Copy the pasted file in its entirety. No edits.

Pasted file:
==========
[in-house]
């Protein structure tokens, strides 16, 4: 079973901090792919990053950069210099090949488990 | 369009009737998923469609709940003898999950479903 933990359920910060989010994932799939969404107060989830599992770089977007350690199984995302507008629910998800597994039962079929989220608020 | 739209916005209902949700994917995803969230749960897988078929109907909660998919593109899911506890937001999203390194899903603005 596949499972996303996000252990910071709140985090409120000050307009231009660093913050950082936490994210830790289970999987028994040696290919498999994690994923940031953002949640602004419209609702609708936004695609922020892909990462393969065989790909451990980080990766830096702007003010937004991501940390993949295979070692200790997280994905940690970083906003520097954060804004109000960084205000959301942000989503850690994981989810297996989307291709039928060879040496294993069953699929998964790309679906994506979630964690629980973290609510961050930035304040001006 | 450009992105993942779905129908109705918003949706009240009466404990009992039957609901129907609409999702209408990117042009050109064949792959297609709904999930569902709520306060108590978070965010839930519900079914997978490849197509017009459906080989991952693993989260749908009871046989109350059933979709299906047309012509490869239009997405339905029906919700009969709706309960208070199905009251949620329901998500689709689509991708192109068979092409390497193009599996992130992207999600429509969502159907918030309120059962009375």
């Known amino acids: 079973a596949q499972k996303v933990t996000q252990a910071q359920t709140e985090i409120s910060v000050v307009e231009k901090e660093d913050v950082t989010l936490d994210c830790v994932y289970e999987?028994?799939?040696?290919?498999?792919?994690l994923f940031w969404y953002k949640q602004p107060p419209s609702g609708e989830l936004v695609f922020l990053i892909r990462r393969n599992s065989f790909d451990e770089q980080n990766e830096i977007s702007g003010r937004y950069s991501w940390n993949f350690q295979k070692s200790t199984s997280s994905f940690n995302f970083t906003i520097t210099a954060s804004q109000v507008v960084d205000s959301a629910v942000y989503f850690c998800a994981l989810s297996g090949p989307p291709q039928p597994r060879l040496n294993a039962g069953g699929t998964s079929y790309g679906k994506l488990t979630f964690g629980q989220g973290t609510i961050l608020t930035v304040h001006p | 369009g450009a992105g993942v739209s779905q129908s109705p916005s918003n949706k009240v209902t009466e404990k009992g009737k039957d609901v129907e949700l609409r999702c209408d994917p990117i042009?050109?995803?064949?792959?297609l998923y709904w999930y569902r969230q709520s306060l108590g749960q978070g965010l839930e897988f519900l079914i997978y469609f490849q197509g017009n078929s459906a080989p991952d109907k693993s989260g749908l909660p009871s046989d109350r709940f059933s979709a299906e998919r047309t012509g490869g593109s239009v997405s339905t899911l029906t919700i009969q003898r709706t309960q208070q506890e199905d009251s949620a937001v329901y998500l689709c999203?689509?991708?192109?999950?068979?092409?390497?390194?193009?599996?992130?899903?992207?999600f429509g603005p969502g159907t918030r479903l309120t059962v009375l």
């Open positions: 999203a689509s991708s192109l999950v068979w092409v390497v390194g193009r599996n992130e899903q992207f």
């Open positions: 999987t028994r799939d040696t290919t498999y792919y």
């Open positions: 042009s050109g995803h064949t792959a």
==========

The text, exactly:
[in-house]
């Protein structure tokens, strides 16, 4: 079973901090792919990053950069210099090949488990 | 369009009737998923469609709940003898999950479903 933990359920910060989010994932799939969404107060989830599992770089977007350690199984995302507008629910998800597994039962079929989220608020 | 739209916005209902949700994917995803969230749960897988078929109907909660998919593109899911506890937001999203390194899903603005 596949499972996303996000252990910071709140985090409120000050307009231009660093913050950082936490994210830790289970999987028994040696290919498999994690994923940031953002949640602004419209609702609708936004695609922020892909990462393969065989790909451990980080990766830096702007003010937004991501940390993949295979070692200790997280994905940690970083906003520097954060804004109000960084205000959301942000989503850690994981989810297996989307291709039928060879040496294993069953699929998964790309679906994506979630964690629980973290609510961050930035304040001006 | 450009992105993942779905129908109705918003949706009240009466404990009992039957609901129907609409999702209408990117042009050109064949792959297609709904999930569902709520306060108590978070965010839930519900079914997978490849197509017009459906080989991952693993989260749908009871046989109350059933979709299906047309012509490869239009997405339905029906919700009969709706309960208070199905009251949620329901998500689709689509991708192109068979092409390497193009599996992130992207999600429509969502159907918030309120059962009375």
């Known amino acids: 079973a596949q499972k996303v933990t996000q252990a910071q359920t709140e985090i409120s910060v000050v307009e231009k901090e660093d913050v950082t989010l936490d994210c830790v994932y289970e999987?028994?799939?040696?290919?498999?792919?994690l994923f940031w969404y953002k949640q602004p107060p419209s609702g609708e989830l936004v695609f922020l990053i892909r990462r393969n599992s065989f790909d451990e770089q980080n990766e830096i977007s702007g003010r937004y950069s991501w940390n993949f350690q295979k070692s200790t199984s997280s994905f940690n995302f970083t906003i520097t210099a954060s804004q109000v507008v960084d205000s959301a629910v942000y989503f850690c998800a994981l989810s297996g090949p989307p291709q039928p597994r060879l040496n294993a039962g069953g699929t998964s079929y790309g679906k994506l488990t979630f964690g629980q989220g973290t609510i961050l608020t930035v304040h001006p | 369009g450009a992105g993942v739209s779905q129908s109705p916005s918003n949706k009240v209902t009466e404990k009992g009737k039957d609901v129907e949700l609409r999702c209408d994917p990117i042009?050109?995803?064949?792959?297609l998923y709904w999930y569902r969230q709520s306060l108590g749960q978070g965010l839930e897988f519900l079914i997978y469609f490849q197509g017009n078929s459906a080989p991952d109907k693993s989260g749908l909660p009871s046989d109350r709940f059933s979709a299906e998919r047309t012509g490869g593109s239009v997405s339905t899911l029906t919700i009969q003898r709706t309960q208070q506890e199905d009251s949620a937001v329901y998500l689709c999203?689509?991708?192109?999950?068979?092409?390497?390194?193009?599996?992130?899903?992207?999600f429509g603005p969502g159907t918030r479903l309120t059962v009375l």
């Open positions: 999203a689509s991708s192109l999950v068979w092409v390497v390194g193009r599996n992130e899903q992207f």
């Open positions: 999987t028994r799939d040696t290919t498999y792919y």
């Open positions: 042009s050109g995803h064949t792959a």